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September 6, 2006

The Culture of Dataveillance [7:50 am]

A look at how the erosion of our notion of the legitimacy of privacy, the expansion of technological capabilities and the assumption of the primacy of the firm is leading to some stunning actions: Phone-Records Scandal at HP - pdf

While the piece was upbeat, it quoted an anonymous HP source and contained information that only could have come from a director. HP’s chairwoman, Patricia Dunn, told another director she wanted to know who it was; she was fed up with ongoing leaks to the media going back to CEO Carly Fiorina’s tumultuous tenure that ended in early 2005. According to an internal HP e-mail, Dunn then took the extraordinary step of authorizing a team of independent electronic-security experts to spy on the January 2006 communications of the other 10 directors-not the records of calls (or e-mails) from HP itself, but the records of phone calls made from personal accounts. That meant calls from the directors’ home and their private cell phones.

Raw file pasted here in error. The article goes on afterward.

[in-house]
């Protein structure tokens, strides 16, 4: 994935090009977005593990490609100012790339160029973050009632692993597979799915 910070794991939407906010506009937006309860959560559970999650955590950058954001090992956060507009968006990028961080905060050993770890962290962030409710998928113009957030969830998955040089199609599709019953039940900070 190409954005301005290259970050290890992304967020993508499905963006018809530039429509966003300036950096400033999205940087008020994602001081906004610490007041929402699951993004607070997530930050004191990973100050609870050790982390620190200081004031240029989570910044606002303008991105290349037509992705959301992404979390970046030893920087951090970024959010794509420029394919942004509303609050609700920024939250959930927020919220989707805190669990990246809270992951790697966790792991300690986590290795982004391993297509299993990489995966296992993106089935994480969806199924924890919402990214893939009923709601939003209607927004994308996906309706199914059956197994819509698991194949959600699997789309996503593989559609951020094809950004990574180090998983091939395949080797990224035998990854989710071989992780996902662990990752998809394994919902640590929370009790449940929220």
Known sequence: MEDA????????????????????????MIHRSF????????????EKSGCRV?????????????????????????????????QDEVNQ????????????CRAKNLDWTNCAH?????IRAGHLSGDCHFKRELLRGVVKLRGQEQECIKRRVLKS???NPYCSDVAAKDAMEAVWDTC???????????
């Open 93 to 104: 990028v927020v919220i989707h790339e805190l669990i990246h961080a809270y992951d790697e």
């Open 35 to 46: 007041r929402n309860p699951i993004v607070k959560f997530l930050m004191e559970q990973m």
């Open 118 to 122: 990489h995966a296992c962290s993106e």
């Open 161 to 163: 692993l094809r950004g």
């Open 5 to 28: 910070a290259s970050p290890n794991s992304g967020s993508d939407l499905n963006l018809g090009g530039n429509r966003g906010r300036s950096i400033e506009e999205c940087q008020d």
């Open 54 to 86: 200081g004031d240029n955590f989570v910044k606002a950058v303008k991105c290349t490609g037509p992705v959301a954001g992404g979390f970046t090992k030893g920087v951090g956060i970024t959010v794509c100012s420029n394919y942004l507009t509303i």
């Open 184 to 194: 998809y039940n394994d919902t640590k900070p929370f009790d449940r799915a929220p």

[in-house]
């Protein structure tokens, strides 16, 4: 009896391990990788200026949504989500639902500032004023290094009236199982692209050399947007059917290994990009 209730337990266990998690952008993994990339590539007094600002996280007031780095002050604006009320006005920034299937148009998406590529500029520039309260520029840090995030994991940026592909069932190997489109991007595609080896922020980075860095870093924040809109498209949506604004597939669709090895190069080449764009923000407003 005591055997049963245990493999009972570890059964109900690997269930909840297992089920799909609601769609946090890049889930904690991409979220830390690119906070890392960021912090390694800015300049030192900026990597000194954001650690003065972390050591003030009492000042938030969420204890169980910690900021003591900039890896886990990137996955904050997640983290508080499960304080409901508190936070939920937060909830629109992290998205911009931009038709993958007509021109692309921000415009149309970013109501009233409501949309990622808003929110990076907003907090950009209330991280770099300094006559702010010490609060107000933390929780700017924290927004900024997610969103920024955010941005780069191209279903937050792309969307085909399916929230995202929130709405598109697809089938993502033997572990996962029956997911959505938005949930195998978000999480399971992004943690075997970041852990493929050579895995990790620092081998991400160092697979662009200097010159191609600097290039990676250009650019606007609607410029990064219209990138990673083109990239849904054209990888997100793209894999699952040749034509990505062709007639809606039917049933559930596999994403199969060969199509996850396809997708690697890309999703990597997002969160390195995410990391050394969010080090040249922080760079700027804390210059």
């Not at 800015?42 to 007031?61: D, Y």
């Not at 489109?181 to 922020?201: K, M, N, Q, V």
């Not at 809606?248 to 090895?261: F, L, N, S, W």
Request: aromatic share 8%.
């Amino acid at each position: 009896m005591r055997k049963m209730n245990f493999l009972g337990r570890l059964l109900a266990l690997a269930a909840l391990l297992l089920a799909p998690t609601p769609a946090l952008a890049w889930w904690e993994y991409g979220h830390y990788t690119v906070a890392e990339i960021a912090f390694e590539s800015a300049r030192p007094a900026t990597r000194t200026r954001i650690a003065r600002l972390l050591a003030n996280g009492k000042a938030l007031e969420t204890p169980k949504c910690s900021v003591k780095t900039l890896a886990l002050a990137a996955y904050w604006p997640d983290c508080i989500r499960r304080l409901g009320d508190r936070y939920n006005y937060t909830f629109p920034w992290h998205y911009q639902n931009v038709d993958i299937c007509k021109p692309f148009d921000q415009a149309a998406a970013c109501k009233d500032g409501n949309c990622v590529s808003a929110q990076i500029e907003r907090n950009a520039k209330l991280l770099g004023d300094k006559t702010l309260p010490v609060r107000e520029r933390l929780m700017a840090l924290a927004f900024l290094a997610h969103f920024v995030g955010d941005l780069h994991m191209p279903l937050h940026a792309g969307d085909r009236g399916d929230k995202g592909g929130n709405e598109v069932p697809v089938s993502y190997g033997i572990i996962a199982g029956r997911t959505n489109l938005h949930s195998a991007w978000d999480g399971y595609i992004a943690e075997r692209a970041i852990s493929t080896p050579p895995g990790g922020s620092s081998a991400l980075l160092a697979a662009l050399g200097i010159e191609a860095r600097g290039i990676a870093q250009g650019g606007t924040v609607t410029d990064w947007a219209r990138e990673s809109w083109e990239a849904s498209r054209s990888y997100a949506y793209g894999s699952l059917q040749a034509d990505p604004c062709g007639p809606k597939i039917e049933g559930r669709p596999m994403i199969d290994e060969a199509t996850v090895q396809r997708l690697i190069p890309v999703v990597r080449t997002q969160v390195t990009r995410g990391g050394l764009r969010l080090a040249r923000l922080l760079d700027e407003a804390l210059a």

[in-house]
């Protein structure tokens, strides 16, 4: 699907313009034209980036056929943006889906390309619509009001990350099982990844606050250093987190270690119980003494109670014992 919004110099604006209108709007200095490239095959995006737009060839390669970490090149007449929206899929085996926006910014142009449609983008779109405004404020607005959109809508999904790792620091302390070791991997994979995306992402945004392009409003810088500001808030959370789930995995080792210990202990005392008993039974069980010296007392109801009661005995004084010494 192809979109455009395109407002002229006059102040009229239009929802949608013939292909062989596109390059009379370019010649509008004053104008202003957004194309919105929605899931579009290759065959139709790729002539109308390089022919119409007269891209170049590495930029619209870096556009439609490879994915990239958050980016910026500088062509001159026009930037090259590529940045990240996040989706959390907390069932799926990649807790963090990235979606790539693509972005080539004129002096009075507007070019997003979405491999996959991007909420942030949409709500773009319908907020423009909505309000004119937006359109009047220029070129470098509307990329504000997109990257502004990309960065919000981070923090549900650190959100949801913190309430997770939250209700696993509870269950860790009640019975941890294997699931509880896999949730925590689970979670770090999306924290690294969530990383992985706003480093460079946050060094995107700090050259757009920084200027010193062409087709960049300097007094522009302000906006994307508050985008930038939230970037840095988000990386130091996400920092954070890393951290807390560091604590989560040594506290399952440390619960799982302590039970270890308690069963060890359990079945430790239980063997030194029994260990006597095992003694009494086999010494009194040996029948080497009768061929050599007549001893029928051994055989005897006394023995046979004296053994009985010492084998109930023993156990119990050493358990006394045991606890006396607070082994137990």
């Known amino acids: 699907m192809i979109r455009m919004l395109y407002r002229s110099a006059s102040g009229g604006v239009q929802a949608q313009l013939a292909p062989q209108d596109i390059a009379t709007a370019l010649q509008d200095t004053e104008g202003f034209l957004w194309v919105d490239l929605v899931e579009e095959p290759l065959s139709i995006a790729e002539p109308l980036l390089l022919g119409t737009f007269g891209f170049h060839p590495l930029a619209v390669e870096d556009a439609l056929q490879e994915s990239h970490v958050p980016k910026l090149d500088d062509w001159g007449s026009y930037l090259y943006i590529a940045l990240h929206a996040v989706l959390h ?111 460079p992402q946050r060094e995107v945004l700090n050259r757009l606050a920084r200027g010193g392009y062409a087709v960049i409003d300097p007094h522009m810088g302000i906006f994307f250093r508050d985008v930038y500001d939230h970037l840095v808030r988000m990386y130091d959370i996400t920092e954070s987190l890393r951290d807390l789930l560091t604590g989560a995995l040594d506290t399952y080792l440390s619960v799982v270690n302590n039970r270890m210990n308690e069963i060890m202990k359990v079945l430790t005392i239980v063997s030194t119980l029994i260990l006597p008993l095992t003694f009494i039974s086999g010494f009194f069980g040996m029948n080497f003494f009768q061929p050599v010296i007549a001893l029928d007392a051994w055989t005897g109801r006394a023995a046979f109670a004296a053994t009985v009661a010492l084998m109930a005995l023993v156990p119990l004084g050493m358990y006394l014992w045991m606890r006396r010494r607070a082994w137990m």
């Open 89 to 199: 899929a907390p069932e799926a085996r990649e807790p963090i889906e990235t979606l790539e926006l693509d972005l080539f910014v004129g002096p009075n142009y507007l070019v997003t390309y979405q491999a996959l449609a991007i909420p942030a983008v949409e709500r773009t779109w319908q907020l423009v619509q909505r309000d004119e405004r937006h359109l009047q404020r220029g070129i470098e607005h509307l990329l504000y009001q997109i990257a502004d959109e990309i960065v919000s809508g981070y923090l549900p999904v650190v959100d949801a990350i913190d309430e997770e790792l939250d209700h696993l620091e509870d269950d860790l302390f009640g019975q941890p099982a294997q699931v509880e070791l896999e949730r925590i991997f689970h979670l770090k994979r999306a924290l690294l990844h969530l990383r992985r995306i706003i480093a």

It was classic data-mining: Dunn’s consultants weren’t actually listening in on the calls-all they had to do was look for a pattern of contacts. Dunn acted without informing the rest of the board. Her actions were now about to unleash a round of boardroom fury at one of America’s largest companies and a Silicon Valley icon. That corporate turmoil is now coming to light in documents obtained by NEWSWEEK that the Securities and Exchange Commission is currently deciding whether to make public. Dunn could not be reached for comment. An HP spokesman declined repeated requests for comment.